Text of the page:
Does your employer give you vacation, sick leave, or paid time off (PTO)? These policies are discretionary in Oklahoma, meaning that your employer doesn’t have to offer these types of paid time off. However, you may have the legal right to take leave from work under federal and Oklahoma state law. For example, if you are unable to work due to a serious health condition, or you need to care for a family member who was injured on active military duty, you may be entitled to take time off under the federal Family and Medical Leave Act (FMLA). Although Oklahoma does not have a state family and medical leave law, it does require employers to give employees time off for military service and other responsibilities.
Your rights to take job leave in Oklahoma are explained below. For more information, see our page on employee leave rights.
The federal Family and Medical Leave Act (FMLA) gives eligible employees the right to take up to 12 weeks of unpaid leave per year to bond with a new child, to care for a seriously ill family member (a parent, spouse, or child), to recuperate from their own serious health conditions, or take care of certain practical matters (called “exigencies”) arising from a family member’s military service. Employers must also give employees up to 26 weeks off in a single 12-month period to take care of a family member who has suffered or exacerbated a serious illness or injury during military service. (Employees may take military family leave to care for a broader range of family members, including grandparents, grandchildren, siblings, and cousins, if they are next of kin to an injured service member.)
Employers must comply with the FMLA only if they have 50 or more employees. To qualify for FMLA leave, an employee must have worked for the employer for 12 months and have worked at least 1,250 hours in the 12 months before taking leave. Employees may continue their employer-provided health benefits while on leave, and they must be reinstated when their FMLA leave is over. (Find out more about the FMLA at our Taking Family and Medical Leave page.)
While some states have separate family and medical leave laws that require employers to provide more or different types of leave, Oklahoma does not. Employees in Oklahoma are protected only by the federal FMLA.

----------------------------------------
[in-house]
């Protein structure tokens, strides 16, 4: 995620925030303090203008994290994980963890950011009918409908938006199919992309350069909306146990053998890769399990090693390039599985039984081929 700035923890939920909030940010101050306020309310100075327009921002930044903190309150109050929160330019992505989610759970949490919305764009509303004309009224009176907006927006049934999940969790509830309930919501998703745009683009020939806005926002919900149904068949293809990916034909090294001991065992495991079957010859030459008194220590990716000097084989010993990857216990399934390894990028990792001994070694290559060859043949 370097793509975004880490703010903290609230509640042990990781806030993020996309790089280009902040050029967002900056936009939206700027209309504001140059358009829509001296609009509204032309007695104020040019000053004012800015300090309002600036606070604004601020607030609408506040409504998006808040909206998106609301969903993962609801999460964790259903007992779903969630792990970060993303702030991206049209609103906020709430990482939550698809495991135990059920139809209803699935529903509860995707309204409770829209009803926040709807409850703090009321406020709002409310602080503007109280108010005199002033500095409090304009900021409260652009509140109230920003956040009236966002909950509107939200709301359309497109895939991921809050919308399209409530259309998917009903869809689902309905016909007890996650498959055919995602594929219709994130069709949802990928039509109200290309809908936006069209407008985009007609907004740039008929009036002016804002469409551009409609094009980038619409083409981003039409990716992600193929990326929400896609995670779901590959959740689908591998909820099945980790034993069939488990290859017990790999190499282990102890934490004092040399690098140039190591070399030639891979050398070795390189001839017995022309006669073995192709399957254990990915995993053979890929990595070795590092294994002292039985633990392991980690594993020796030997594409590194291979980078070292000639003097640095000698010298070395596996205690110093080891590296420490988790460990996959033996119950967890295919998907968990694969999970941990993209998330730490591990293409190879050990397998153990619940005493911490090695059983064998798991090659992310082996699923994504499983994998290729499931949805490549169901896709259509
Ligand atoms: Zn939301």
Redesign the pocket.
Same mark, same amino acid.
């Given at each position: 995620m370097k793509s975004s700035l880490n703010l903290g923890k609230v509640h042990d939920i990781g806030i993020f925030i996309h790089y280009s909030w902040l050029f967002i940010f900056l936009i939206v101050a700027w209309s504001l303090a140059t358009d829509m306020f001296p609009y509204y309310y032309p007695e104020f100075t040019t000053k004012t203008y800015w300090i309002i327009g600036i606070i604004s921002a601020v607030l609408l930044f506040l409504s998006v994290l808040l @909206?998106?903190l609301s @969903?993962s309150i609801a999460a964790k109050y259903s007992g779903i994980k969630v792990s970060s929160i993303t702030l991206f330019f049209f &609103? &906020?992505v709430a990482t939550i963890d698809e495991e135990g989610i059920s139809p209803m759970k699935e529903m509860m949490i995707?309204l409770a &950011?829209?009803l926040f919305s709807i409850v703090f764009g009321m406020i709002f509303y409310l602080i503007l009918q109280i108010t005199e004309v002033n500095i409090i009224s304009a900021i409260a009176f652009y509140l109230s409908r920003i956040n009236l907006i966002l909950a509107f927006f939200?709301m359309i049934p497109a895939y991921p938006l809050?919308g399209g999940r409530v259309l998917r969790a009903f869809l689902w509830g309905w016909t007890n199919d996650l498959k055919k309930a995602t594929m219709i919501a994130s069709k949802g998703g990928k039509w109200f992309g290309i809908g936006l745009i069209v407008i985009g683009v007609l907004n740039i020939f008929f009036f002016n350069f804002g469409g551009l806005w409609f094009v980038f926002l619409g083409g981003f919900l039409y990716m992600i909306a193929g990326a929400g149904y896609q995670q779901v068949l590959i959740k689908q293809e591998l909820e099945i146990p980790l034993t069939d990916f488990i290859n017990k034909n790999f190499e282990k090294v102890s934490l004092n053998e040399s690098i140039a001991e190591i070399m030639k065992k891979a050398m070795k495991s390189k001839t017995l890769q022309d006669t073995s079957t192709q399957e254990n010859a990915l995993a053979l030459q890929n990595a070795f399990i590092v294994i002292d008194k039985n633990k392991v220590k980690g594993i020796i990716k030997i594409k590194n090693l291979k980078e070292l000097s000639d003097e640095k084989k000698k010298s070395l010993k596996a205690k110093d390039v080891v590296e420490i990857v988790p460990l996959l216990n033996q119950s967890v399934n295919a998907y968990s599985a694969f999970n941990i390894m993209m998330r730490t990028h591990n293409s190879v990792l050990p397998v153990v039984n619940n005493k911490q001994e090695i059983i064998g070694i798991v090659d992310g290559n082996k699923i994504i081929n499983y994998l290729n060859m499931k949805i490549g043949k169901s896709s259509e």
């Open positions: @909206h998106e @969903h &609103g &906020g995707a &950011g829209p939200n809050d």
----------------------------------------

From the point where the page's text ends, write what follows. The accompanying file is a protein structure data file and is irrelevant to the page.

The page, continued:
Another federal law, the Unformed Services Employment and Reemployment Rights Act (USERRA), gives eligible employees the right to be reinstated to their jobs after taking up to five years off for service in the U.S. military. Employees who take USERRA leave may be fired only for good cause for one year after they return from service. Employers may not discriminate against employees based on their military service. (Learn more about USERRA in Taking Military Leave.)
The laws of many states extend similar rights to employees who serve in the state’s military (such as the militia) or are called to state active duty. In Oklahoma, employees who are members of the state national guard and are called to active state duty or full-time national guard duty are entitled to the same leave and reinstatement rights guaranteed by USERRA. Members of the state national guard are also entitled to take time off to attend instruction, exercises, drills, encampment, maneuvers, ceremonies, or other duties.
Oklahoma law also gives employees the right to take time off work, without fear of retaliation, for the civic responsibility of serving on a jury. Employers must allow employees to take time off for jury service and may not take any adverse job action against them on the basis of jury duty. Employees cannot be required to use their sick, vacation, or annual leave during jury service.
Jury duty leave is unpaid. Under federal law, however, employers typically cannot deduct an exempt, salaried employee’s pay for time spent serving on a jury, unless the employee did no work for the entire week. For more information, see our article on pay docking.
Oklahoma employers must also give employees paid time off to vote, unless the employee starts work at least three hours after the polls open or gets off work at least three hours before they close. Employers must give employees up to two hours of paid time to cast their ballots, unless the employee needs more time, based on the location of the employee’s home and the polling place. The employer may decide when the employee takes time off and may rearrange employee schedules to give employees enough off-duty time to vote.